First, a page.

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Sep 27, 2013--------News ArchiveLatest research covered daily, archived weekly

Model for tissue pattern formation in embryo development
A team of scientists has developed a model for studying tissue—specifically how it organizes into organs and layers during embryonic development.

Fetal cocaine: Brain intact, but development off track
Animal studies show that exposure to cocaine in utero development causes numerous disruptions in normal brain development and negatively affects behavior from birth and into adulthood.

Innovations save lives of mothers and children
Health care innovations, if brought to scale immediately in low-resource countries, have potential to save the lives of some 1.2 million mothers and children in 2015.

Sep 26, 2013--------News ArchiveLatest research covered daily, archived weekly

Asthma severity in children exposed to diesel exhaust
A new study shows exposure to diesel exhaust particles from traffic pollution leads to increased asthma severity in children. This is due to increased blood levels of IL-17A, a protein associated with several chronic inflammatory diseases, in children with high diesel exposure.

Lifestyle influences metabolism via DNA methylation
An unhealthy lifestyle leaves traces in the DNA. These may have specific effects on metabolism, causing organ damage or disease.

Chronic aggressive behavior in boys: Epigenetic sources?Genes related to self-control could be 'disabled' by the prenatal environment.

Sep 25, 2013--------News ArchiveLatest research covered daily, archived weekly

United Kingdom Stem cell lines now on NIH Registry
King’s College London disease-specific human embryonic stem cell lines are now available on the National Institutes of Health Stem Cell Registry.

How the gut got its villi
Comparing species, researchers at Harvard SEAS and Harvard Medical School investigate a process they dub “villification” — the body making loops of villi to increase gut surface area.

How heart cells communicate to synchronize heart
New research from Western University in London, Canada, is leading to a better understanding of what happens during heart failure. The new information could lead to better therapeutics or more accurate prediction of risk.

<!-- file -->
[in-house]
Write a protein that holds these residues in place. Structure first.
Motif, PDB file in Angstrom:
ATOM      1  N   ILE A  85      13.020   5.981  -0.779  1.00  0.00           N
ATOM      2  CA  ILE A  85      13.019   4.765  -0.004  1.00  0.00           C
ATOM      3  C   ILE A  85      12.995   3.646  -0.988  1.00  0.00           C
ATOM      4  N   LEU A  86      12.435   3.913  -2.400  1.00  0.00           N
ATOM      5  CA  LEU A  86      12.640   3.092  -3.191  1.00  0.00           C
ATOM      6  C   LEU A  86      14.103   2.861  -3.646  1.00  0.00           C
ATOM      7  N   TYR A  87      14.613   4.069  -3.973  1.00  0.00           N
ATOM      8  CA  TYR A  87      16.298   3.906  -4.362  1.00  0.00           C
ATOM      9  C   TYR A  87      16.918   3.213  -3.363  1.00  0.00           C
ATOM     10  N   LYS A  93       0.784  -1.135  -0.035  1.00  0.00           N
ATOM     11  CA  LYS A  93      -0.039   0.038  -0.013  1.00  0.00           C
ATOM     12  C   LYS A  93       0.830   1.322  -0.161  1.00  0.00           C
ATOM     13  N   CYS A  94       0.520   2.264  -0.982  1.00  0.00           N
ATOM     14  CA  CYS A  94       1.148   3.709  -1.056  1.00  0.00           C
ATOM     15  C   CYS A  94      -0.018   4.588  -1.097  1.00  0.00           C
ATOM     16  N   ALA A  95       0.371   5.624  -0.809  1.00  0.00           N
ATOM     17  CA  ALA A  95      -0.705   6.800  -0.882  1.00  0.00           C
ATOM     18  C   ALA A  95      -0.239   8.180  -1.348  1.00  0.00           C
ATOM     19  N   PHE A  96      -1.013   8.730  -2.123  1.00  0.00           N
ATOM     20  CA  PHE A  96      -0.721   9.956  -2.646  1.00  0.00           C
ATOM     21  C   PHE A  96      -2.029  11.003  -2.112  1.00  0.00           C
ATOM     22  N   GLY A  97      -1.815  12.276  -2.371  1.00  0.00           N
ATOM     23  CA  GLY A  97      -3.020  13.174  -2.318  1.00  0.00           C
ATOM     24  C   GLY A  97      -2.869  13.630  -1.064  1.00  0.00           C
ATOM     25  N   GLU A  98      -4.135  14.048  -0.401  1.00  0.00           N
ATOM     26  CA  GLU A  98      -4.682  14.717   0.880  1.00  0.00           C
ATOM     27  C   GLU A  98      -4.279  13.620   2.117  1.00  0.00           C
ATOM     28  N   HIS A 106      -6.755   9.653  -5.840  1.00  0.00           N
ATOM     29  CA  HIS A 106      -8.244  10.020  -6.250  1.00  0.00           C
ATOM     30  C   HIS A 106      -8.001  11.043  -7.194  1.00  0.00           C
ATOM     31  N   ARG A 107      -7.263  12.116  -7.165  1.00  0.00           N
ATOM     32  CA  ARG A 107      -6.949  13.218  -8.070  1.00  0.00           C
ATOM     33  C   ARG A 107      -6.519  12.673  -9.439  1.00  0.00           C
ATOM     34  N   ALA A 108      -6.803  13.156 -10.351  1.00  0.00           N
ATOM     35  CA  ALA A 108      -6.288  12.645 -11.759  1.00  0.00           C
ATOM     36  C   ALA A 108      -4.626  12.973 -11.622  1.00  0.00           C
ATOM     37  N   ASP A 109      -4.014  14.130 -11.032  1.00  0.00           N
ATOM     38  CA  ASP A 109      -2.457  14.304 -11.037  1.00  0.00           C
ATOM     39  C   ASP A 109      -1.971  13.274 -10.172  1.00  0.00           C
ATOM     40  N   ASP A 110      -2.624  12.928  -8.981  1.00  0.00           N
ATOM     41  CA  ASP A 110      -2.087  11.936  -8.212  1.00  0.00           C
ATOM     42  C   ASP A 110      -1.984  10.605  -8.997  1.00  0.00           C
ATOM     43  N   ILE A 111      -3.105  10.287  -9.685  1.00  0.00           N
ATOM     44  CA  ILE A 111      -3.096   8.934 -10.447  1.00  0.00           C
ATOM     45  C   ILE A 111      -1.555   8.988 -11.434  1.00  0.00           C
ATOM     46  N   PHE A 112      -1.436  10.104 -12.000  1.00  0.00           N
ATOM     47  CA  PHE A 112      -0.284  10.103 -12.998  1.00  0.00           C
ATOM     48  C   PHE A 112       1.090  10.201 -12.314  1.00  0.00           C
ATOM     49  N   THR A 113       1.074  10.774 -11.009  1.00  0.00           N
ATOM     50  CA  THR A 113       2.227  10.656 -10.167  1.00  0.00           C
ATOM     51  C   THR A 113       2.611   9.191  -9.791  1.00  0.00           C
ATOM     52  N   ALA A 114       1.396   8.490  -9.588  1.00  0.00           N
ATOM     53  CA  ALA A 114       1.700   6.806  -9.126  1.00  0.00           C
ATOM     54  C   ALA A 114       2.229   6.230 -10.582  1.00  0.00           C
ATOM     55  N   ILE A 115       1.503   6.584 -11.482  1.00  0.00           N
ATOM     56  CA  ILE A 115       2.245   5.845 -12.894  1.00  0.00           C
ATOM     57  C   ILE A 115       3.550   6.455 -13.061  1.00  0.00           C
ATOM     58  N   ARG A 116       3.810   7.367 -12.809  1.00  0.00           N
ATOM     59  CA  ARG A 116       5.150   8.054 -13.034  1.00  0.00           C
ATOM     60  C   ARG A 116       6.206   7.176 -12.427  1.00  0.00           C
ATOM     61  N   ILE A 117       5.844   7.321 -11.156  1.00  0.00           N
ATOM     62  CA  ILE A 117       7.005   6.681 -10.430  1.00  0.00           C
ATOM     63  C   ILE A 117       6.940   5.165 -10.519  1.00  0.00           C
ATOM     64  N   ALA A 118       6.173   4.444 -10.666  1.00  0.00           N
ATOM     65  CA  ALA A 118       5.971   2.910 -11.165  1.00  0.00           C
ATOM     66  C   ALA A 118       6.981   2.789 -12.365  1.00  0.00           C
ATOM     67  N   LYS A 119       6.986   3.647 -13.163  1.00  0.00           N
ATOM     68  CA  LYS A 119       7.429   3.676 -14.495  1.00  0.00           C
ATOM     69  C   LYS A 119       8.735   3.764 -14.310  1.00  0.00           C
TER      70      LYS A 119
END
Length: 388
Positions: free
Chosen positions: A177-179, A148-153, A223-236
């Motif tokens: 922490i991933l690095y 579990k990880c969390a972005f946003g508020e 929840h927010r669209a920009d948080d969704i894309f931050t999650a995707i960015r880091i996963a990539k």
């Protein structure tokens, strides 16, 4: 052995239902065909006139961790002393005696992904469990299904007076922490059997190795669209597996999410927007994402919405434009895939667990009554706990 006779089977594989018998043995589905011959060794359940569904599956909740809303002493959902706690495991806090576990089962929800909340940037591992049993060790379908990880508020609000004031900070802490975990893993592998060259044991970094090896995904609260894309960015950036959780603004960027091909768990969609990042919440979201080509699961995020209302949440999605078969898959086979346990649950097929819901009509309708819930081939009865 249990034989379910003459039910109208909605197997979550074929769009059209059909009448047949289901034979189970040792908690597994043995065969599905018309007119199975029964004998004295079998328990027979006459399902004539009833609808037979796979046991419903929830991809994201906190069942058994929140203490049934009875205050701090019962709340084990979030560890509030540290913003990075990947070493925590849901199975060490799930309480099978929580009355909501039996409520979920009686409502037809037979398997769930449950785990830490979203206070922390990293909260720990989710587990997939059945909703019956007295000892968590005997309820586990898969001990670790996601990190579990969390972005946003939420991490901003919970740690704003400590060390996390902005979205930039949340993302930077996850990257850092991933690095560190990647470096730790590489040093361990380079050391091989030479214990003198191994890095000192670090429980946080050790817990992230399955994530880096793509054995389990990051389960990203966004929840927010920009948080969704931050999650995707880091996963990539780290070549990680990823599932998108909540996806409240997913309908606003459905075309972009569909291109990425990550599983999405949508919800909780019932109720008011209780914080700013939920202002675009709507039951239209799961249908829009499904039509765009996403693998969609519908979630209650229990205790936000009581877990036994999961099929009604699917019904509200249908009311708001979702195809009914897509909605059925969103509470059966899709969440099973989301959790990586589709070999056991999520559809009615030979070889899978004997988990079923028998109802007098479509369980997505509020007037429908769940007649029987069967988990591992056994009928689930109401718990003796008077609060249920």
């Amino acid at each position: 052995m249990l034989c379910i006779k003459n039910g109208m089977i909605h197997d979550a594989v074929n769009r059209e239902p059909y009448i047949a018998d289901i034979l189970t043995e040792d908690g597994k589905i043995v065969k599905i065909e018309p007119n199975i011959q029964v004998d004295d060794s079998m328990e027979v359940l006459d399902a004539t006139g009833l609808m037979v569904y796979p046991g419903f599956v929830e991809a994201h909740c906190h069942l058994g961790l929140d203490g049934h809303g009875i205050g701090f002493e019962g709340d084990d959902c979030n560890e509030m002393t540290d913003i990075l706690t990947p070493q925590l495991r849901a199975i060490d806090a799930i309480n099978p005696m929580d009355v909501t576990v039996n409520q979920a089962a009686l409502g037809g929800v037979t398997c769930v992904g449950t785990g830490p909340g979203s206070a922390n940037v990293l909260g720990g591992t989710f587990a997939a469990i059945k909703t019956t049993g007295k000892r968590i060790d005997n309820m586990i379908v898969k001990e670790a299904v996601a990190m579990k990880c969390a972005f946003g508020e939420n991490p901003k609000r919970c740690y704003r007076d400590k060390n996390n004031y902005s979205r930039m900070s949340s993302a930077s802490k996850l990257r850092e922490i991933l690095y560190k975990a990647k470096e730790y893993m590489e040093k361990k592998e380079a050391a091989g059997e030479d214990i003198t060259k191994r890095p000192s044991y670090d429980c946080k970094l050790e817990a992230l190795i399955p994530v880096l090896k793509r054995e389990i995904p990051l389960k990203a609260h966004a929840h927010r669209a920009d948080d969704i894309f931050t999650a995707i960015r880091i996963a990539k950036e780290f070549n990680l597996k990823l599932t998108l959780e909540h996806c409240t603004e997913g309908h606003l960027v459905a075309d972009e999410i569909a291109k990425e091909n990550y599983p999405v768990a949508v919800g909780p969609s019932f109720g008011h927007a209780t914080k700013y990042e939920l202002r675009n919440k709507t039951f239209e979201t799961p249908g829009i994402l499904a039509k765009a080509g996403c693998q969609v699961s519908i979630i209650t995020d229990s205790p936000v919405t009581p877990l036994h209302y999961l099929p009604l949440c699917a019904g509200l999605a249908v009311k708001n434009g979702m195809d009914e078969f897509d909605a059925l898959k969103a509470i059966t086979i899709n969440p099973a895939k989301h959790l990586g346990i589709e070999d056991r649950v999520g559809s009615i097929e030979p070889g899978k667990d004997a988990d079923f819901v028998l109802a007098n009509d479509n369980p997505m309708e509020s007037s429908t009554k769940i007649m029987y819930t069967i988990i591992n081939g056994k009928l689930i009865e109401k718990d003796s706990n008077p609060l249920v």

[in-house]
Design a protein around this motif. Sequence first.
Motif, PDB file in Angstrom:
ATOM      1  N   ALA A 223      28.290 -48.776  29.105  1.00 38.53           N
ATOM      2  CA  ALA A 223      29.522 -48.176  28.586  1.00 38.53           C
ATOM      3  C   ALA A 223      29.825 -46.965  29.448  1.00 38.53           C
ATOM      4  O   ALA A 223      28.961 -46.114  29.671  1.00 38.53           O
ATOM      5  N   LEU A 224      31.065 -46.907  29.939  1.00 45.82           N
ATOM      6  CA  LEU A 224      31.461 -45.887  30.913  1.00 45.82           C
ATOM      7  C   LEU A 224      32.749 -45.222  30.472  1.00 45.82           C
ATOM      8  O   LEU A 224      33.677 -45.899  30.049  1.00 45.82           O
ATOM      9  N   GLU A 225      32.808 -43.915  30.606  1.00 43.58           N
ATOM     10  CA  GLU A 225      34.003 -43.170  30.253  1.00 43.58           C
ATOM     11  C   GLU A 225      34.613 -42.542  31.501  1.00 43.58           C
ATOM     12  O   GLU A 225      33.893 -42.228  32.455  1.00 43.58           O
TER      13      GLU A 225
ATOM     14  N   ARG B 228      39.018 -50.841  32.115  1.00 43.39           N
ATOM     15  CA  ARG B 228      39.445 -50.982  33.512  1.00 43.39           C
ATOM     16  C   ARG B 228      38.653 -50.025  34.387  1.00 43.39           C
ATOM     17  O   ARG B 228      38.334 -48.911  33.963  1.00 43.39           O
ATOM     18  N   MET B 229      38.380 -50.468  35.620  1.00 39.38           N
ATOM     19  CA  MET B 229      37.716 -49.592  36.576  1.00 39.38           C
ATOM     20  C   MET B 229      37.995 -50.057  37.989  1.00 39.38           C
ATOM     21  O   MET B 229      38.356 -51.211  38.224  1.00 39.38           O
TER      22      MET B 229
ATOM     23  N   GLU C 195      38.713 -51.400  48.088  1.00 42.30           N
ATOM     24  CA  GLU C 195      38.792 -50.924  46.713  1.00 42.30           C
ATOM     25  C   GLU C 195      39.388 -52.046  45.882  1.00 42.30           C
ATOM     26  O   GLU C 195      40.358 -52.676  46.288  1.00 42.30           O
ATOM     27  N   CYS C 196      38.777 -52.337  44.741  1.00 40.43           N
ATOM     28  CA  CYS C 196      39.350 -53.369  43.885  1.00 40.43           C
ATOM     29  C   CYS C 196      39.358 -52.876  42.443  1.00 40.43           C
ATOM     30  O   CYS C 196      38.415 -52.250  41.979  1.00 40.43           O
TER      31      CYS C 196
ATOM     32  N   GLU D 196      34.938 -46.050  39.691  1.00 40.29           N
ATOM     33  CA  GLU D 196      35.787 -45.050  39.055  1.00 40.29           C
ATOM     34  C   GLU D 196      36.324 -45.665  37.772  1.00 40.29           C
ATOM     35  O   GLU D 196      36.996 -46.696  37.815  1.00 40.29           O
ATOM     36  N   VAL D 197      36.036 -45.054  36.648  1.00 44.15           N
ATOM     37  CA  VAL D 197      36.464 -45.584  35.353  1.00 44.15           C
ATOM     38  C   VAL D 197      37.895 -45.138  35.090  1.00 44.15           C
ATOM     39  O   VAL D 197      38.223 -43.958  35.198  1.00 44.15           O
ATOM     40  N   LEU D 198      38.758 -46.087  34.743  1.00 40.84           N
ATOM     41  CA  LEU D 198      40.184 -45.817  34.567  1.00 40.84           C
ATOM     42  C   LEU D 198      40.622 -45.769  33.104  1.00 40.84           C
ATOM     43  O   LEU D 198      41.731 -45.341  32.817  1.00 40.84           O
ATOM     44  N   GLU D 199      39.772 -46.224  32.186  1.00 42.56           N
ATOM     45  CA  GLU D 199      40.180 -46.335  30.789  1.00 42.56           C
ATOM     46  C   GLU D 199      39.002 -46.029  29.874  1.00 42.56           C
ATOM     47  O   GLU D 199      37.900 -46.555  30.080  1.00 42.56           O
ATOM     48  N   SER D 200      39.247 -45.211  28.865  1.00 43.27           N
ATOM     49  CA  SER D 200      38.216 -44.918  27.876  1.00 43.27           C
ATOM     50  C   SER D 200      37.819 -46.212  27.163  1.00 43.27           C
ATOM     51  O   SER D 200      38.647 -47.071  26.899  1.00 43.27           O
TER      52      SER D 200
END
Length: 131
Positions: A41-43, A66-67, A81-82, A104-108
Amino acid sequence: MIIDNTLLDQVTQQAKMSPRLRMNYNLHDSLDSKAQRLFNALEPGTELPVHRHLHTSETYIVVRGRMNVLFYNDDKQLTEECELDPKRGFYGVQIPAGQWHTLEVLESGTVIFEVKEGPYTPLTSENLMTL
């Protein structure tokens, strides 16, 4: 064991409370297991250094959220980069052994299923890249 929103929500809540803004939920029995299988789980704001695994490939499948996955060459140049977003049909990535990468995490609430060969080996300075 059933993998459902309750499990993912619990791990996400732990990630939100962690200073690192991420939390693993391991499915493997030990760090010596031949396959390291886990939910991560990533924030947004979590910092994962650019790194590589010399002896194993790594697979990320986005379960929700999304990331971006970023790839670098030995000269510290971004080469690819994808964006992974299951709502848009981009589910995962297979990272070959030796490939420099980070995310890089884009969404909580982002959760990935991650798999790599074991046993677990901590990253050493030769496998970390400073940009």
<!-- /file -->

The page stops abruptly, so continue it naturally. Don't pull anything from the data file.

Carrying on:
Sep 24, 2013--------News ArchiveLatest research covered daily, archived weekly

Why do we want to eat the baby?
What woman has not wanted to gobble up a baby placed in her arms, even if the baby is not hers? For the first time, an international team of researchers has found evidence of this phenomenon in the neural networks associated with reward.

Gene contributes to asthma susceptibility
New research from the University of Minnesota College of Veterinary Medicine (CVM) has uncovered the role gene ORMDL3 plays in the disease asthma. ORMDL3, a gene recently linked to asthma susceptibility, has now been linked to the body’s ability to recruit inflammatory cells during an airway allergic reaction.

A boost for cellular profiling
A new method for analyzing gene expression in single cells opens a window into tumors and other tissues.

Sep 23, 2013--------News ArchiveLatest research covered daily, archived weekly

Switch controls most aggressive brain tumor cells
Scientists have identified a cellular switch that potentially can be turned off and on to slow down, and eventually inhibit the growth of the most commonly diagnosed and aggressive malignant brain tumors.

Building the best brain
Researchers show how brain cell connections get cemented early in life. Research on synapse stabilization could aid understanding of autism, schizophrenia, intellectual disability.

Final piece in puzzle of brain circuitry of fertility
In a landmark discovery, the final piece in the puzzle of understanding how the brain circuitry vital to normal fertility in humans and other mammals operates has been put together by researchers at New Zealand's University of Otago


WHO Child Growth Charts

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